Kindness by Thought: How you treat others is a reflection of how you treat yourself. If you’re having an issue with being kind, then take inventory on how compassionate you are with you. If you are thinking unkind words about yourself, then nothing will stop you from thinking those same thoughts about others. Pray for God to help you be more compassionate with yourself so you can be compassionate with others.

Kindness by Word: The power of life and death are in the tongue (Proverbs 18:21), and God wants us to speak life to each other. Nothing has the power to change a person’s demeanor more than when someone shares a kind word with them. If you struggle with being kind by word, then internalize Psalm 19:14, “May the words of my mouth and the meditations of my heart be pleasing in your sight, Lord, my Rock and my Redeemer,” until the God transforms the words you speak.     

Kindness by Deed: God wants us to be Good Samaritans in the lives of others. This level of kindness means being obedient when he urges you to help a stranger carry groceries to their car, mow your neighbor’s lawn if they’re sick, support a friend during a rough season in their lives, or give a homeless person money.

Here’s one final thought: There’s nothing worse than making someone feel like the kind act you are performing is a burden. That sucks all of the God intention out of the act. Remember you’re expressing kindness at the request of God, which means you are acting on His behalf, which means God wants the recipient of that kind act to see Him through your action. That won’t happen if your attitude about performing the act is foul. I learned this that morning when God prompted me to give the homeless woman my $20. Once I was convicted, then God was able to use me to be a blessing to someone else. The end result was the opposite. The moment ended up being a blessing for me, too.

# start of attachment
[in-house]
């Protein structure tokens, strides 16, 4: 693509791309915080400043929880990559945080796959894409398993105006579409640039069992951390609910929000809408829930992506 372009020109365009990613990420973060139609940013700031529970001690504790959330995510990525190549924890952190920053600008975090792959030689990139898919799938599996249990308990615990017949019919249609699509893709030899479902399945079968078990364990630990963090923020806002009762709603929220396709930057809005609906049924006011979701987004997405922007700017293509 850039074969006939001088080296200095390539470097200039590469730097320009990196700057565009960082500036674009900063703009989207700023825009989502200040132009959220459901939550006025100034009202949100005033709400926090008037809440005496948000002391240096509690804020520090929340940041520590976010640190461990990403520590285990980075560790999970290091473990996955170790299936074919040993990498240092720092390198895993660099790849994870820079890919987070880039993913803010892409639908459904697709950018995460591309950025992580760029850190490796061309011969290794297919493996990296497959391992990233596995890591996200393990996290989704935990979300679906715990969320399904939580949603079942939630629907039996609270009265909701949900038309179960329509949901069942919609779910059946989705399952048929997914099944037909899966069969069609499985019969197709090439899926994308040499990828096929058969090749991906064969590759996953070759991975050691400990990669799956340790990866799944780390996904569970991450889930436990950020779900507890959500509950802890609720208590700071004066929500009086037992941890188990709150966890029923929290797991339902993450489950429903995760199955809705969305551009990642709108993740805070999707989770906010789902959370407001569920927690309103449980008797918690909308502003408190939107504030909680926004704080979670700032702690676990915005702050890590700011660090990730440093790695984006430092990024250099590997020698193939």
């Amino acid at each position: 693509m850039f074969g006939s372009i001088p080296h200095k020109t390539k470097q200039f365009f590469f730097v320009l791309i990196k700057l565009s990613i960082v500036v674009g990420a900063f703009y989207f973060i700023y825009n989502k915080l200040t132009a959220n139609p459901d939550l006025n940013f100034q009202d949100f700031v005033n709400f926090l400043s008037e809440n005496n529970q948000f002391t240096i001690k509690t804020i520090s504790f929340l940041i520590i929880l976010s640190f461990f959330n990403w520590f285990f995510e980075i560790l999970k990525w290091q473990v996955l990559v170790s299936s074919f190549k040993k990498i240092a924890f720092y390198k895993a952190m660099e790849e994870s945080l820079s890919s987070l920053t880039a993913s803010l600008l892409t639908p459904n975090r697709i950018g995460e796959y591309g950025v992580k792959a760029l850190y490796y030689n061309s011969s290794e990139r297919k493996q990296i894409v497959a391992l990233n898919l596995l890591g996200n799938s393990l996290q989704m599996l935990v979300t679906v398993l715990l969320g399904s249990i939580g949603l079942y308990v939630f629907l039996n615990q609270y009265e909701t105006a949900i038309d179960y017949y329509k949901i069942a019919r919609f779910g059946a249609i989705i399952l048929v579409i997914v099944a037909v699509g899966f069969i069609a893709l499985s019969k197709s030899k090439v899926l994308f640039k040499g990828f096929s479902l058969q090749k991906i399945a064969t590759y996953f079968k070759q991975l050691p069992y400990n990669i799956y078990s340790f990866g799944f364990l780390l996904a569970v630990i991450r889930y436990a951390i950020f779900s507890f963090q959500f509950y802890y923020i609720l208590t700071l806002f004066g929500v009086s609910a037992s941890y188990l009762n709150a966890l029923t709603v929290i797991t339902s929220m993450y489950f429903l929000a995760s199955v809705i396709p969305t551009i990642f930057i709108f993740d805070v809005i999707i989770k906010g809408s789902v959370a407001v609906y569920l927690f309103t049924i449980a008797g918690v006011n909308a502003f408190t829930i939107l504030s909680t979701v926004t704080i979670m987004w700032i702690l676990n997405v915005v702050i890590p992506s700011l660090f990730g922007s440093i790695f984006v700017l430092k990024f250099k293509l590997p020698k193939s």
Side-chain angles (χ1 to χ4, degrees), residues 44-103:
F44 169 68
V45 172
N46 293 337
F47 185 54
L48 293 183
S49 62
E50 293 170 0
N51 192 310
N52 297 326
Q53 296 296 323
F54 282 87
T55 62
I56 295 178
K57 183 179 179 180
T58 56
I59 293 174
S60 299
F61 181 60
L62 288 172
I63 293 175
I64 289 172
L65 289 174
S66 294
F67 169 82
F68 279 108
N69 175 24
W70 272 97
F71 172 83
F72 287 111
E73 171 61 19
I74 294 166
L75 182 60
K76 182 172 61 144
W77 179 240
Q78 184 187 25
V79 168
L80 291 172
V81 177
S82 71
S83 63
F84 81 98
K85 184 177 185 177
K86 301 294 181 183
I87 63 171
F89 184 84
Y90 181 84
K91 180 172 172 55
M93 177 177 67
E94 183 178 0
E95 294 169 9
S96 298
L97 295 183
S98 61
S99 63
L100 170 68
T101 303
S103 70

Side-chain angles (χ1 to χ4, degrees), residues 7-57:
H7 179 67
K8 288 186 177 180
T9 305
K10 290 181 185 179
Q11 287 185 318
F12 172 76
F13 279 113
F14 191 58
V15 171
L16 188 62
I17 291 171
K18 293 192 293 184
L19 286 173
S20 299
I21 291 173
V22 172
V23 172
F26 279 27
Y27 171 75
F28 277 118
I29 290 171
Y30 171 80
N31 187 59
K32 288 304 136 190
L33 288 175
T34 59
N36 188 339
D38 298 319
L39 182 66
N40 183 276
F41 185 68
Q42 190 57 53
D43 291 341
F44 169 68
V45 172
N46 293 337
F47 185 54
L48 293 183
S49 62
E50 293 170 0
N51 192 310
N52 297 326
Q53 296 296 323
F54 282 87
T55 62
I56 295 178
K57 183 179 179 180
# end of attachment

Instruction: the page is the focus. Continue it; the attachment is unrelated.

Have you missed any of the other blogs in my "Living the Fruit of the Spirit" Selah Blog series? Click here to read more about Longsuffering, Love, Joy, and Peace

Join me on Wednesday, July 27th for Goodness, my next installment in my "Living the Fruit of the Spirit" Selah Blog series.  

Candance Greene

Candance L. Greene is a published writer, editor, and the founder of Cherishedflight, a ministry dedicated to helping women realign with the peace of God. She has produced over 70 episodes of Cherishedflight the Podcast where she shares biblical steps women can take to embrace the peace and purpose God has for their lives.

In the spring of 2018, Candance also released her book Inhale Peace: A 31-Day Journey to Realign with the Peace of God. The devotional was created as a daily guide for people to connect with the peace of God every month of the year. 

Candance is a graduate of Paine College where she earned a BA in English, and Goucher College where she earned an MFA in Creative Nonfiction Writing. She has been published in a variety of anthologies, scholarly books, and journals including: Bittersweet: An Anthology of Contemporary Black Women’s PoetryBrevity: A Journal of Concise Literary NonfictionFearless Confessions: A Writer’s Guide to Memoir; and the Huffington Post. A native of Nashville, Candance now resides in Baltimore with her husband and three children.